The flowers emerge in spring before the leaves and last 2-3 weeks. Leafout of Norway maple occurs roughly when air temperatures reach 55°F (12°C) and there is at least 13 hours of daylight. Leaf drop in autumn is initiated when day lengths fall to approximately 10 hours. Depending on the latitude, leaf drop may vary by as much as three weeks, beginning in the second week of October in Scandinavia and the first week of November in southern Europe. Unlike some other maples that wait for the soil to warm up, A. platanoides seeds require only three months of exposure to temperatures lower than 4 °C (40 °F) and will sprout in early spring, around the same time that leafout begins. Norway maple does not require freezing temperatures for proper growth, however it is adapted to higher latitudes with long summer days and does not perform well when planted south of the 37th parallel, the approximate southern limit of its range in Europe. Further, most North American Norway maples are believed descended from stock brought from Germany, at approximately 48N to 54N, not the more southerly ecotypes found in Italy and the Balkans that evolved for similar lighting conditions as the continental United States. The heavy seed crop and high germination rate contributes to its invasiveness in North America, where it forms dense monotypic stands that choke out native vegetation. The tree is also capable of growing in low lighting conditions within a forest canopy, leafs out earlier than most North American maple species, and its growing season tends to run longer as the lighting conditions of the United States (see above) result in fall dormancy occurring later than it does in the higher latitude of Europe. It is one of the few introduced species that can successfully invade and colonize a virgin forest. By comparison, in its native range, Norway maple is rarely a dominant species and instead occurs mostly as a scattered understory tree.[10][11]

Cultivation and uses[edit]

Foliage and fruits; the fruit are an important characteristic for identification of this species

The wood is hard, yellowish-white to pale reddish, with the heartwood not distinct; it is used for furniture and woodturning.[13] Norway maple sits ambiguously between hard and soft maple with a Janka hardness of 1,010 lbf or 4,500 N. The wood is rated as non-durable to perishable in regard to decay resistance.[14] In Europe, it is used for furniture, flooring and musical instruments. This species as grown in the former Yugoslavia is also called Bosnian maple and is probably the maple used by the Italian violin makers Stradivari and Guarneri.

Norway maple has been widely taken into cultivation in other areas, including western Europe northwest of its native range. It grows north of the Arctic Circle at Tromsø, Norway. In North America, it is planted as a street and shade tree as far north as Anchorage, Alaska.[15] In Ontario, it is common in cultivation north to Sault Ste. Marie and Sudbury; although not considered reliably hardy northward, it has been established at Kapuskasing and Iroquois Falls, and even at Moose Factory.[16] It is most recommended in USDA Hardiness Zones 4 to 7 but will grow in warmer zones (at least up to Zone 10) where summer heat is moderate, as along the Pacific coast south to the Los Angeles basin. They tend to prefer wetter Oceanic climates. [17] During the 1950s–60s it became popular as a street tree due to the large-scale loss of American elms from Dutch elm disease.[citation needed]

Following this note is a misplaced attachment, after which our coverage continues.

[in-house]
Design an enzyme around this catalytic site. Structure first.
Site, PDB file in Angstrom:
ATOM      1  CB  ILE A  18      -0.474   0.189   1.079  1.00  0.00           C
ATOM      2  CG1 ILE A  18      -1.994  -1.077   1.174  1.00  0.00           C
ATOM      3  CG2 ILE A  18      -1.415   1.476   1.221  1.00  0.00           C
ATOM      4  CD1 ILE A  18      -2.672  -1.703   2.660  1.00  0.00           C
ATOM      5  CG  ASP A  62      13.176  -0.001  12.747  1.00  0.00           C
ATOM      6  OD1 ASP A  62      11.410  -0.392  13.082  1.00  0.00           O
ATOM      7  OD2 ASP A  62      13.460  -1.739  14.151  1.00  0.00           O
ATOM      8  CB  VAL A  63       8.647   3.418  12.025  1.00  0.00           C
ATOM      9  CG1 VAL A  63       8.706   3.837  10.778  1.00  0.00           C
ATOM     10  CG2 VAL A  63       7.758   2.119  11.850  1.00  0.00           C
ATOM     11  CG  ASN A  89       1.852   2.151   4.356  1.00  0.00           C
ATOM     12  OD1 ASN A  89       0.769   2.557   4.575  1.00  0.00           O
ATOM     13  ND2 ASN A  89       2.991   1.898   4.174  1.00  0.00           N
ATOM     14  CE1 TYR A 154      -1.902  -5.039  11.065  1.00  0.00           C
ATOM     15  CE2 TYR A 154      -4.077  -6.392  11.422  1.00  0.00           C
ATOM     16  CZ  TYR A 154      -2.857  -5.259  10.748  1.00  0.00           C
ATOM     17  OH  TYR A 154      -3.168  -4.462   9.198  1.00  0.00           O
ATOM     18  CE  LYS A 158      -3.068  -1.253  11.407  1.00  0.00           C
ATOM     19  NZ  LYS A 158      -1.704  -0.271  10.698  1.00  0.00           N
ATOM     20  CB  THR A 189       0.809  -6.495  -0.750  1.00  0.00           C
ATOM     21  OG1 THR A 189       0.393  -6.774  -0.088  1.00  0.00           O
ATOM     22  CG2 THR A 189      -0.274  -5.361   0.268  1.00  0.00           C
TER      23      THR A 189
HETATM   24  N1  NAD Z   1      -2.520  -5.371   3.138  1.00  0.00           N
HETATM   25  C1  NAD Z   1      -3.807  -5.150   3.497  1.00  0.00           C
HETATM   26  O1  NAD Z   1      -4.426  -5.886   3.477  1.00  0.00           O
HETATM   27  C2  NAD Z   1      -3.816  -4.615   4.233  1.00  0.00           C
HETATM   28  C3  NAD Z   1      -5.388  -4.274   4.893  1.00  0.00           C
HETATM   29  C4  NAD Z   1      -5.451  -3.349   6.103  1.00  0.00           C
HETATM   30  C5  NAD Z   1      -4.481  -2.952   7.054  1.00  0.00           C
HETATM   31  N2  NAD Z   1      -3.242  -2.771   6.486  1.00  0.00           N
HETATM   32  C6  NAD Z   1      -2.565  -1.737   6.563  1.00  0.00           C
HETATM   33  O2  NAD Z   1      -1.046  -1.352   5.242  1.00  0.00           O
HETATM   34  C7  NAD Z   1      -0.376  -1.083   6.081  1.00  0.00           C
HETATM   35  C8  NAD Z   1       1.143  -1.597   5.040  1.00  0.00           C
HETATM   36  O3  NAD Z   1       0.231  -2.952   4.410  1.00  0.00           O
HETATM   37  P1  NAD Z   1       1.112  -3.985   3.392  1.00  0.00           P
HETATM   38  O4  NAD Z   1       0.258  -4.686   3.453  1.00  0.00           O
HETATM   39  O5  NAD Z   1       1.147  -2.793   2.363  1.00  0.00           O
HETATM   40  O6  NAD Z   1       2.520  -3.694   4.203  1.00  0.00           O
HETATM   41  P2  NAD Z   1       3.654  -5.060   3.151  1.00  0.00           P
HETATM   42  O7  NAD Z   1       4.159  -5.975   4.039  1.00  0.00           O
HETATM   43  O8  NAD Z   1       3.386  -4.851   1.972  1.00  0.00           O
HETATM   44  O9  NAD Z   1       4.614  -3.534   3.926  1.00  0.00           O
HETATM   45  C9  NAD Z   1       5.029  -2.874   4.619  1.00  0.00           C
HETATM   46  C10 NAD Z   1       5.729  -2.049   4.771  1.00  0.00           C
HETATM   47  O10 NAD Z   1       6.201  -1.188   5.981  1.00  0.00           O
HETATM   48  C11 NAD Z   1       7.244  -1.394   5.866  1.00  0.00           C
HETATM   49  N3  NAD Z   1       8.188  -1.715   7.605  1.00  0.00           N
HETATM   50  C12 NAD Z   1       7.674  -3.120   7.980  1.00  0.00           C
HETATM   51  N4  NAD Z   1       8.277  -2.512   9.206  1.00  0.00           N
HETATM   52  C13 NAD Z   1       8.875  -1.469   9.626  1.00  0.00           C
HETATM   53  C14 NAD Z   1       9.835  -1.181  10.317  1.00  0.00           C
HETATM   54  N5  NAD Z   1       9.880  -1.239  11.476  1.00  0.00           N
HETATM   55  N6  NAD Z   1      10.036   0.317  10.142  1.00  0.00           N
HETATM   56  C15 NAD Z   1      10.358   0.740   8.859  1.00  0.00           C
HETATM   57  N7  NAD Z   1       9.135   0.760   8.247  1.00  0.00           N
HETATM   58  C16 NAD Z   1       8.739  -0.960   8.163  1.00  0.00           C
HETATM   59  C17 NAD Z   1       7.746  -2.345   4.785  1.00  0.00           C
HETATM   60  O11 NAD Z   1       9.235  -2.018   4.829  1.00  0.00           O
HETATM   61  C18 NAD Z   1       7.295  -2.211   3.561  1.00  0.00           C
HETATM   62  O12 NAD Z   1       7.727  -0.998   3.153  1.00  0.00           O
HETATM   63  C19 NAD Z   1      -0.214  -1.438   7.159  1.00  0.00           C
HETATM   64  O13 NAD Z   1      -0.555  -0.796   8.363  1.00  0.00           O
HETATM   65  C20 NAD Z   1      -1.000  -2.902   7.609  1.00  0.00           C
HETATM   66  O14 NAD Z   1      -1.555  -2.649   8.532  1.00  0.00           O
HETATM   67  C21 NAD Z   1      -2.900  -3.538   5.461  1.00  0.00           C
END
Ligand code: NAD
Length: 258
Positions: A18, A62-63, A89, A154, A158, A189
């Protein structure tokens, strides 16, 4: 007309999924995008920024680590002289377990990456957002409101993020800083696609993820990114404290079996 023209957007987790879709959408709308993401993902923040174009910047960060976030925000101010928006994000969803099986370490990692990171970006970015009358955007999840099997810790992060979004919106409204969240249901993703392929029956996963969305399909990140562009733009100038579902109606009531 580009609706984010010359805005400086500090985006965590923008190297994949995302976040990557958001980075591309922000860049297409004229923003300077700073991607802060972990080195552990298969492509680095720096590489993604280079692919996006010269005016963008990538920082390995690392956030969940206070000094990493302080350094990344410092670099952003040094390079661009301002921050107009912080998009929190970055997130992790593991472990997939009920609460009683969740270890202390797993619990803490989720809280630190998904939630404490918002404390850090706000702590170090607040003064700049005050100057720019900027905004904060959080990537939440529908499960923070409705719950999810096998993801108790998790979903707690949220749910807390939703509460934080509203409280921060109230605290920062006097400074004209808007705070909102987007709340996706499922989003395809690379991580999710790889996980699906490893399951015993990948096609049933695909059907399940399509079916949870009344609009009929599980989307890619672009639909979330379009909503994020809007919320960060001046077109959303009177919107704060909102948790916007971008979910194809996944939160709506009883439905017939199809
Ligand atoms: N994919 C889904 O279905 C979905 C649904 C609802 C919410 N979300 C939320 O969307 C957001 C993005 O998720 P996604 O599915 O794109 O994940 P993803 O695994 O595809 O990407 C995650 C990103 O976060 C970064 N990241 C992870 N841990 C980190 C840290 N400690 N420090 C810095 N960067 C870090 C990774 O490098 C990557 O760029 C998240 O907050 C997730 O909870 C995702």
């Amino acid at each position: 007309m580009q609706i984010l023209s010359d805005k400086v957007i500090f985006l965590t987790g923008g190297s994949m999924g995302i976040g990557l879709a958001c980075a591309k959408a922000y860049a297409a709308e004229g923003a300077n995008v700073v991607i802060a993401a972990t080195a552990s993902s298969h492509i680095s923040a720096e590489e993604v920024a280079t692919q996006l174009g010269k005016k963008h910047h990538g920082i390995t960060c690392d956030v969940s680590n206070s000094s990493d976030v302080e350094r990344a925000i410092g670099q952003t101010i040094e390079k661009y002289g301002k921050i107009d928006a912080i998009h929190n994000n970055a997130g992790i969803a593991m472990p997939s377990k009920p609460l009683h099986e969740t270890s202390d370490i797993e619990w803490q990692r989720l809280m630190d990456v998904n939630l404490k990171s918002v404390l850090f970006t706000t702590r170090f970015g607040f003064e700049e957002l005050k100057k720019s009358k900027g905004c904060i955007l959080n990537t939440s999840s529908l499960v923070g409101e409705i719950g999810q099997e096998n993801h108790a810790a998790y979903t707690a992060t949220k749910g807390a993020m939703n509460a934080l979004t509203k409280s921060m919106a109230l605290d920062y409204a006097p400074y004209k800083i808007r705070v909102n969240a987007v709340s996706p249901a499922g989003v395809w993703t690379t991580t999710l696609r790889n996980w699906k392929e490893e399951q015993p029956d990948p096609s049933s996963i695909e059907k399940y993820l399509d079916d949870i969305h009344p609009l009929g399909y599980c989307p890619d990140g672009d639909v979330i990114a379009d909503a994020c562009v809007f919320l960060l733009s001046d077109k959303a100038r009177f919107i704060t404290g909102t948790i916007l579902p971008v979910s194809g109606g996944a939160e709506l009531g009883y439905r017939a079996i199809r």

It is favored due to its tall trunk and tolerance of poor, compacted soils and urban pollution, conditions in which the sugar maple has difficulty. It has become a popular species for bonsai in Europe, and is used for medium to large bonsai sizes and a multitude of styles.[18] Norway maples are not typically cultivated for maple syrup production due to the lower sugar content of the sap compared to sugar maple.[19]


Many cultivars have been selected for distinctive leaf shapes or colorations, such as the dark purple of 'Crimson King' and 'Schwedleri', the variegated leaves of 'Drummondii', the light green of 'Emerald Queen', and the deeply divided, feathery leaves of 'Dissectum' and 'Lorbergii'. The purple-foliage cultivars have orange to red autumn colour. 'Columnare' is selected for its narrow upright growth.[11][20] The cultivars 'Crimson King'[21] and 'Prigold' (Princeton Gold)[22] have gained the Royal Horticultural Society's Award of Garden Merit.

As an invasive species in North America[edit]

Feral Norway maple in Philadelphia.

The Norway maple was introduced to northeastern North America between 1750 and 1760 as an ornamental shade tree. It was brought to the Pacific Northwest in the 1870s.[5] Today, Norway maples tend to be most common in the Pacific Northwest, in southern Ontario, and along the Kennebec river in southern Maine. The roots of Norway maples grow very close to the ground surface, starving other plants of moisture. For example, lawn grass (and even weeds) will usually not grow well beneath a Norway maple, but English Ivy, with its minimal rooting needs, may thrive. In addition, the dense canopy of Norway maples can inhibit understory growth.[23] Some have suggested Norway maples may also release chemicals to discourage undergrowth,[24] although this claim is controversial.[23] A. platanoides has been shown to inhibit the growth of native saplings as a canopy tree or as a sapling.[23] The Norway maple also suffers less herbivory than the sugar maple, allowing it to gain a competitive advantage against the latter species.[25] As a result of these characteristics, it is considered invasive in some states,[26] and has been banned for sale in New Hampshire[27] and Massachusetts.[28] The state of New York has classified it as an invasive plant species.[29] Despite these steps, the species is still available and widely used for urban plantings in many areas.